How To Stop Your Friends From Abusing Your Expensive Gadgets

Hey, friend -- or, roommate/party host/relative/girlfriend's acquaintance -- can I play around with your valuable electronic devices? Can I pick them up and start poking at them without asking? No! At least, probably not.

Gadgets are all around us, getting casually thrown around and scooped up. Sometimes, the gadgets we're pawing aren't ours. But a tablet is not a dish towel. Let's consider the rules of what to touch and not touch.

Hey, Can I Use Your Phone?

Always ask. Always. Phones are intimate places -- we store our bank records, slightly incriminating emails, very incriminating pictures. Extremely incriminating self-pictures. Even if it's your best friend in the widest world, picking up their phone if only to make a quick call or google something is a privileged step into a private zone. Even with no lock screen. Ask first. Make it clear why you want to use it. Alone in a room with the phone? Big nope -- nothing looks worse than being walked in on while going through someone else's phone, no matter how innocuous your intentions.

Hey, Can I Use Your Laptop?

See above. A computer might actually be less sensitive than a phone, in that it's harder to get straight to sensitive things like messages. But you're still on personal turf -- think browsing history. Ask permission. Once you're on, feel free to use the thing like your own, as long as you don't go digging through folders. The browser is like the living room -- once you're invited, make yourself at home.

Hey, Can I Borrow Your Camera?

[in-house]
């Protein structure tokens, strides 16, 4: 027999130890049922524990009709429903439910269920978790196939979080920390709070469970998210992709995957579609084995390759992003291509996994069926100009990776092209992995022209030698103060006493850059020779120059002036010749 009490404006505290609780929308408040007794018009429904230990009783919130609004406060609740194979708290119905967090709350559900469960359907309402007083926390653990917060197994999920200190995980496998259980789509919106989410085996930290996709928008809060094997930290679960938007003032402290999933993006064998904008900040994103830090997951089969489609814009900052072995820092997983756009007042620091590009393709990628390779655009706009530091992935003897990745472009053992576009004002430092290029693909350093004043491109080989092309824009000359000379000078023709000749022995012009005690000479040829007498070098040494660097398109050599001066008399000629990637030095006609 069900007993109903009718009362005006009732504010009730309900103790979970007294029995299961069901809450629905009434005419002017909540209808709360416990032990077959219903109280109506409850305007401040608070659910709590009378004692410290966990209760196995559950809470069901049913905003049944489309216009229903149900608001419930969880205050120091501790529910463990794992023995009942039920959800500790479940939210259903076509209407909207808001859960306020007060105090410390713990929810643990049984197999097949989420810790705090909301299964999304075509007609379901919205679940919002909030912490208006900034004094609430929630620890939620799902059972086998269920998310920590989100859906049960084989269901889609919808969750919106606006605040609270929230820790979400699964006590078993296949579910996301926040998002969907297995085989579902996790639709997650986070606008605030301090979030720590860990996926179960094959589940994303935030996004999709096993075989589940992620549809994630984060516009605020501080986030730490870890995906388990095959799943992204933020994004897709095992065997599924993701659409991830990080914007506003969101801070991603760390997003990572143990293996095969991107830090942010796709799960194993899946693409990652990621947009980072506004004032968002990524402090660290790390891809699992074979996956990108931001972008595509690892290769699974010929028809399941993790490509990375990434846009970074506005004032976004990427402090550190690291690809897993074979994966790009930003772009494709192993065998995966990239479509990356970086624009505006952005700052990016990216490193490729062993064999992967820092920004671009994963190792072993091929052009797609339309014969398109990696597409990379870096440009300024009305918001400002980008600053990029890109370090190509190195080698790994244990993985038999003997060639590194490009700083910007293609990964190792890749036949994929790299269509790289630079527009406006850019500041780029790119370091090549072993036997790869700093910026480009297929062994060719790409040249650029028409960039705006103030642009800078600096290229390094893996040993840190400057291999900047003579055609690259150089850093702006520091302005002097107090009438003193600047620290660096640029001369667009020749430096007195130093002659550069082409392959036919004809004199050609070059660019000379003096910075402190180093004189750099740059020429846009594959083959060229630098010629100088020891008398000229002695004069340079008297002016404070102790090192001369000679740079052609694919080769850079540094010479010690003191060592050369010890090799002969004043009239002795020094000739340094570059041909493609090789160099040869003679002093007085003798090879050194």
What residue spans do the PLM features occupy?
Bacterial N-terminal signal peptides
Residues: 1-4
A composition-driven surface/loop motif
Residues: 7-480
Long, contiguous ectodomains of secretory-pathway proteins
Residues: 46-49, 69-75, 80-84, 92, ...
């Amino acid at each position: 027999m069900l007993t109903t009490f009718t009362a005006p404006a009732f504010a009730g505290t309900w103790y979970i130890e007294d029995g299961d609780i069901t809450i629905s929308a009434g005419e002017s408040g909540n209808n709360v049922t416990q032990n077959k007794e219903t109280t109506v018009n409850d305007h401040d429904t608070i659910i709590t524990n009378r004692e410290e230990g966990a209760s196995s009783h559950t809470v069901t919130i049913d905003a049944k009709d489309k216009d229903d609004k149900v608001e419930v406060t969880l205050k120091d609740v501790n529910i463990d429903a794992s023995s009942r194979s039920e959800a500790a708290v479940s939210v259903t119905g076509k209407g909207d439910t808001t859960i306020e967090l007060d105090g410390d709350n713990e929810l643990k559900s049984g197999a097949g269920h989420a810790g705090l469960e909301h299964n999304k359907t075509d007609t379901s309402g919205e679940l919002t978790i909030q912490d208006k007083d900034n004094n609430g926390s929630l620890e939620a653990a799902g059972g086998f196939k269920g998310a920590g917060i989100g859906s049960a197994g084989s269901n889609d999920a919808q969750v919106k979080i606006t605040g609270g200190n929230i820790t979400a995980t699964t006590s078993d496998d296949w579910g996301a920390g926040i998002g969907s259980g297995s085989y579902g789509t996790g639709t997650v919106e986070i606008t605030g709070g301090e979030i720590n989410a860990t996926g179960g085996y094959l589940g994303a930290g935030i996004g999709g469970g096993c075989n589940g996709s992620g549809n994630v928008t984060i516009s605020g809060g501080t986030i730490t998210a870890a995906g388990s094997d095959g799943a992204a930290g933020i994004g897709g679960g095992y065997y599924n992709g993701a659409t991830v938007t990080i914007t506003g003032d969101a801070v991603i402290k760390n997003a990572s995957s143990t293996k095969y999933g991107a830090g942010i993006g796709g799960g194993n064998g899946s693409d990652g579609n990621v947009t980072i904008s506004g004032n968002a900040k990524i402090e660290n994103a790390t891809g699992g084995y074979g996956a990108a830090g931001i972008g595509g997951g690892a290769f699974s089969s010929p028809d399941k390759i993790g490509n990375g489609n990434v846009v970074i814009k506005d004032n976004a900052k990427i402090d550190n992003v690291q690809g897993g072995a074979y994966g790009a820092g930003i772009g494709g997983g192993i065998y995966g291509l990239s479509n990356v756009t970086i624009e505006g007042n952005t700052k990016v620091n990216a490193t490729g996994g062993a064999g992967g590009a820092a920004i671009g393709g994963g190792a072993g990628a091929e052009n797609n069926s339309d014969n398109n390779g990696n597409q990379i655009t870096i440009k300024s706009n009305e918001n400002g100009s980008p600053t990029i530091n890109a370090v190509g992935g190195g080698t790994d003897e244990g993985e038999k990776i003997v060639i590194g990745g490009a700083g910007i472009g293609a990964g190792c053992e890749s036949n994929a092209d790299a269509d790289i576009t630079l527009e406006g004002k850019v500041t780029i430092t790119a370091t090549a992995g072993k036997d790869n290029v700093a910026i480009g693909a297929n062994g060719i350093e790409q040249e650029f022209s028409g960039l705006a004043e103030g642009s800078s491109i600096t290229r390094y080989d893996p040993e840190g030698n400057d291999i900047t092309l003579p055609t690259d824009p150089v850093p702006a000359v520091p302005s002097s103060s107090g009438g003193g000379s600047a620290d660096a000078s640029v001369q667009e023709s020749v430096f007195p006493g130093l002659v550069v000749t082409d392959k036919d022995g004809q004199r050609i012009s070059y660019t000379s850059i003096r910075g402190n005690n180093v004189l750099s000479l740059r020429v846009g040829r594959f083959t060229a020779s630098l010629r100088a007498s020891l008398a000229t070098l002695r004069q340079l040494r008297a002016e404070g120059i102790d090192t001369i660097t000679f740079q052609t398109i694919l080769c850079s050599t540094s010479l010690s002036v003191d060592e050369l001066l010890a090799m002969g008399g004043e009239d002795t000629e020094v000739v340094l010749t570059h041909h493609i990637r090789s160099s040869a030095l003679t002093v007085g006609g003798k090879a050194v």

This is getting into "can I borrow your car, man?" territory. Cameras are on the upper end of portable electronics, with DSLRs getting into several thousands of dollars. Unless you're dealing with a colleague or very close friend, asking for a cam loaner is probably going to push someone into an uncomfortable why-is-this-person-asking-for-my-expensive-thing position. Don't do that.

Yo, Can I Change The Channel?

Again, you've got to be pretty tight with the host to attempt this one -- the owner is the remote's sole master. How about: "Can we change the channel?"

Can I Put On A New Song?

What? God, no. Who do you think you are? Not even the fucking Secretary General of the UN can go into someone's party and change the song on and iPhone/Pod. Even if you ask, the person who says "sure" is probably drunk, and everyone at the party will turn around in one of those record scratch moments and start booing you. BOOOOOOOOOO. Why did you change the song at a party?

Unless it's an incredible song.

But it's probably not.

Don't risk it.

User Manual is Gizmodo's guide to etiquette.

Image: Bronwyn Photo/Shutterstock


    My camera is worth more than my car! I think I would loan my car out before the camera! touch my valuable electronics....I break your ?

    I hate the ones that turn on my phone to max volume that irritates me and screen touchers.

      yes! screen touchers - go touch your own germy fingerprint smudgy screen and paws off mine!! grrrr... :)

      This, but with car stereo's. Have one friend who'll always turn the stereo volume dial in cars up before he steps out.

    Changing the channel really? If you invite someone over to your house and you are just watching TV well then the guest(s) should get to choose.
    it is a BBQ that your significant other/ family member has organised and the grand final of your chosen religiously followed sport is on.

    Can i use your phone?
    Nope, if you need one you should have your own.
    Goes for the other devices too.